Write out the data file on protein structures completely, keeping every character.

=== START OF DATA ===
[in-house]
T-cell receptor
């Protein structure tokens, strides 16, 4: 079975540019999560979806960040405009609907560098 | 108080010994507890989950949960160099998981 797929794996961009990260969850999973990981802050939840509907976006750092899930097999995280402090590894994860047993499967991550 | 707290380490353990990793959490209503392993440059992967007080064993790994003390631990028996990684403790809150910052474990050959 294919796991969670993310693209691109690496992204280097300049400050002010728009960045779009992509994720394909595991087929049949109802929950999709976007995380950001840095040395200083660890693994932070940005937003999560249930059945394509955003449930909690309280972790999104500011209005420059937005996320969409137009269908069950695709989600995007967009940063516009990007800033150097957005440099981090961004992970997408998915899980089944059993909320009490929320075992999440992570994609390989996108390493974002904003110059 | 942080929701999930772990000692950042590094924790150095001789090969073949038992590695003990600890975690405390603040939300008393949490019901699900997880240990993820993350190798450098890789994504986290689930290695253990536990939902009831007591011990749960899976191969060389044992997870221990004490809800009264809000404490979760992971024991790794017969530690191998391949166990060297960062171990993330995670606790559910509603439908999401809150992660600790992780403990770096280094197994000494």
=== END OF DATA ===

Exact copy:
[in-house]
T-cell receptor
């Protein structure tokens, strides 16, 4: 079975540019999560979806960040405009609907560098 | 108080010994507890989950949960160099998981 797929794996961009990260969850999973990981802050939840509907976006750092899930097999995280402090590894994860047993499967991550 | 707290380490353990990793959490209503392993440059992967007080064993790994003390631990028996990684403790809150910052474990050959 294919796991969670993310693209691109690496992204280097300049400050002010728009960045779009992509994720394909595991087929049949109802929950999709976007995380950001840095040395200083660890693994932070940005937003999560249930059945394509955003449930909690309280972790999104500011209005420059937005996320969409137009269908069950695709989600995007967009940063516009990007800033150097957005440099981090961004992970997408998915899980089944059993909320009490929320075992999440992570994609390989996108390493974002904003110059 | 942080929701999930772990000692950042590094924790150095001789090969073949038992590695003990600890975690405390603040939300008393949490019901699900997880240990993820993350190798450098890789994504986290689930290695253990536990939902009831007591011990749960899976191969060389044992997870221990004490809800009264809000404490979760992971024991790794017969530690191998391949166990060297960062171990993330995670606790559910509603439908999401809150992660600790992780403990770096280094197994000494």